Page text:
I’ve got a guilty secret. I’ve been a member of the National Trust for well over 5 years – and I’m under 40. Say it once, say it loud – I enjoy looking round sites of architectural and historical significance! I could make the excuse that it’s a great day out for the family, but I was a member before I was a Mum. Basically I’m a sucker for weathered stone walls, multiple portraits of disturbingly similar family members, and a well-stocked gift shop.

The best one yet was Barrington Court in Somerset. If you’re ever in the area, I urge you to drop in – not just for the amazing Gertrude Jekyll-influenced gardens, but because the house is a fascinating and unique place.  Instead of the usual tapestries, four-posters and chairs with dried teazles on them, there’s nothing. Well, almost nothing.

As you stand in the echoing, empty rooms, you can appreciate their scale and design in a way you couldn’t if they were filled with furniture. And there’s something else – in the old kitchens you can hear the faint sizzle and pop of pig being roasted slowly over an open fire. In the attics there’s the murmur and scratch of generations of owls and owlets (yes, that is what they’re called). And the old schoolroom is filled with ghostly reminiscences of an evacuee, now an elderly man, sharing his memories of the sounds, sights and smells of rural wartime.

What has this got to do with internal communication? A couple of things have been resonating with me since the trip to Barrington Court. Firstly, that sometimes it pays to do the unexpected thing. The National Trust were, for various reasons, left with an empty house, and rather than try and fill it with stuff borrowed from other properties around the country, they decided to find a creative way to work with what they had. Secondly, I learnt that sometimes what you leave out is more important than what you leave in. Leave space for the imagination, and people will fill it themselves, becoming truly engaged in the process.

This was a guest blog by Laura House, Senior Consultant in the Change & Internal Communications team.

How to do a communications audit

posted by Scott McKenzie

My colleague Naomi Goodman and I have noticed a lot of conversation on LinkedIn and the other forums recently discussing internal communication audits, ways to conduct them and how you can gauge effectiveness.

 We’ve done a good few audits for our clients here at H&K, so we thought we should share some thoughts on our methodology; as well as why getting it right is beneficial for an organisation.

 Our five step methodology

 1.       Planning – the inital planning phase is critical in confirming scope and objectives, review existing data and assessing audiences, channels and messages. From this you’ll be able to understand the context, ask the right questions and ultimately, run a successful audit.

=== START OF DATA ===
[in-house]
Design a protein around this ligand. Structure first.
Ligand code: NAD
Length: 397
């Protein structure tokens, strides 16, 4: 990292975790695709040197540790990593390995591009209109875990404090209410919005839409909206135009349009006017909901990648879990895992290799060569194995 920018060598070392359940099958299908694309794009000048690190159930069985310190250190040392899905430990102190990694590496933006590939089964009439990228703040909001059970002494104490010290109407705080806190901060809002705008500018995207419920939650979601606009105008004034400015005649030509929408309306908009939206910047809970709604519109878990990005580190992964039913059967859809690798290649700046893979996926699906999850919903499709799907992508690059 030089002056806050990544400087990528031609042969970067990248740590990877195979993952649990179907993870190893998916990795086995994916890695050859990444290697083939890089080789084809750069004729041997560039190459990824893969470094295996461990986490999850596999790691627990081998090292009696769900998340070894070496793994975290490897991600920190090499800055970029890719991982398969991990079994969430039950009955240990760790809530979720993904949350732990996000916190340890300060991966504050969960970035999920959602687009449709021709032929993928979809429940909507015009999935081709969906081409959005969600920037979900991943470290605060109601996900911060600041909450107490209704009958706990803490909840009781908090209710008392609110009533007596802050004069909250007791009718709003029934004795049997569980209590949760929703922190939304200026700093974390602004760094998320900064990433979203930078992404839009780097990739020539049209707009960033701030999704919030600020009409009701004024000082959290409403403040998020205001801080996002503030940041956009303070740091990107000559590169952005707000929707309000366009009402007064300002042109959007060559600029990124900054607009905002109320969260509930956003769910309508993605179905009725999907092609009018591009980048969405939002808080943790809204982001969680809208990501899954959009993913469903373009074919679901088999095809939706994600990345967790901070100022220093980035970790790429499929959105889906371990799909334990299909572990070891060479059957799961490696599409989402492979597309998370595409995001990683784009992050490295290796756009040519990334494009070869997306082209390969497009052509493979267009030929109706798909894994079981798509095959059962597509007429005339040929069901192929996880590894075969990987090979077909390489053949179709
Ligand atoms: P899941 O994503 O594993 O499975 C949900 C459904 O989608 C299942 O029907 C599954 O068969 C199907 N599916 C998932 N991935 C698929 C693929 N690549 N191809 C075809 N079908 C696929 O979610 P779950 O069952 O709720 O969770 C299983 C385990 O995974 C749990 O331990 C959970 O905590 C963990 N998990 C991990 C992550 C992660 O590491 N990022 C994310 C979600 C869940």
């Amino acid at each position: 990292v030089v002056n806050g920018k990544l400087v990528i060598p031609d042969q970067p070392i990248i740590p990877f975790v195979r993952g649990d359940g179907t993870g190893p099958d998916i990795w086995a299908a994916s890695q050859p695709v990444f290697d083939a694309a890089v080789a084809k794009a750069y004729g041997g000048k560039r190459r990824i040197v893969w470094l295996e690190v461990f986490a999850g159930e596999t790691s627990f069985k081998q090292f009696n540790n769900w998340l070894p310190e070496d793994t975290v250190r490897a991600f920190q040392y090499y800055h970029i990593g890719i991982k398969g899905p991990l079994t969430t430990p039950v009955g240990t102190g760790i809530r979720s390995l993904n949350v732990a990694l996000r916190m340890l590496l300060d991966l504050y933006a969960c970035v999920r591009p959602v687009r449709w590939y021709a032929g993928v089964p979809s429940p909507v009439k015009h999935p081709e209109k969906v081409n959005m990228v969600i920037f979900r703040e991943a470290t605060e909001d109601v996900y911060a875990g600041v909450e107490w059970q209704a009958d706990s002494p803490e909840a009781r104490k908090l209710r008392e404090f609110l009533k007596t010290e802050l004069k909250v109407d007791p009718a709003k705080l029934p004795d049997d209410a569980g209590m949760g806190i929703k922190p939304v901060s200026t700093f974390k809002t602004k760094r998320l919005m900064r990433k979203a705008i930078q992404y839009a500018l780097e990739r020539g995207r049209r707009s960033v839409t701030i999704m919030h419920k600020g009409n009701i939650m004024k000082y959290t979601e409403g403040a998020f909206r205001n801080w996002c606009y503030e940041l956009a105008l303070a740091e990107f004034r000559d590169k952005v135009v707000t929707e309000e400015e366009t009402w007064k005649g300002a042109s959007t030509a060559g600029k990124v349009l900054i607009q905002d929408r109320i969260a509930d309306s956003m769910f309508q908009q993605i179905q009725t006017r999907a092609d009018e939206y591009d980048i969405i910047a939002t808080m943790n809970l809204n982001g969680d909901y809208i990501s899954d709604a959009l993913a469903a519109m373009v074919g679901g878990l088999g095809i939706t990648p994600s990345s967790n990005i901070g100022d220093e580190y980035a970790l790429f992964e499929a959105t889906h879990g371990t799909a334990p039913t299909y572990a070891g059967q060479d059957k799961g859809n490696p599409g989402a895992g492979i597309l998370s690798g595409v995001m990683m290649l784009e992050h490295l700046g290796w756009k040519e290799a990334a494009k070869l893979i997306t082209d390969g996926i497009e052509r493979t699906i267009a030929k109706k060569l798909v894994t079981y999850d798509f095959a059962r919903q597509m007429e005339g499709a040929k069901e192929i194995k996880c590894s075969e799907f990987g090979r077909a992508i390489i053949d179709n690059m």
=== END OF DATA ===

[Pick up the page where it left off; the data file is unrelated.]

2.       Interviews – To get a deeper understanding of the key issues we would recommend conducting some stakeholder interviews. This helps you understand the business priorities and further refine the objectives for the audit. We would suggest keeping the interviews quite structured (with the ability to go off-piste as required). This would involve creating an interview guide to ensure consistent facilitation of the interviews.

3.    Survey – Once you have analysed the results of steps 1 and 2 you should design and conduct a survey, test it and then launch it. Your analysis should help you to get a snapshot of collective views and have statistically robust data. It should also act as a baseline set of results for future surveys.

4.       Focus groups – The quantitatve data from the survey will usually identify a few key trends or issues which warrant further research. We would usually suggest holding some focus groups to understand these key issues a bit more, and/or to test some possible solutions to those issues. We certainly regard Focus groups as a great opportunity to test new ideas.

5.       Recommendations – The final audit report includes the findings from the insight work in steps 2-4 as well as some detailed recommendations for further action. The report would usually include a high-level internal communications strategy with a range of recommended actions and tactics.

 So, conducting a successful audit isn’t a quick task. But is it worth it?

 In one word. Yes.

 If your organisation is going to be successful, employees need to understand what is expected of them and the role they play in achieving the company’s goals.  They need to feel they are playing a meaningful role in your organisation and its future.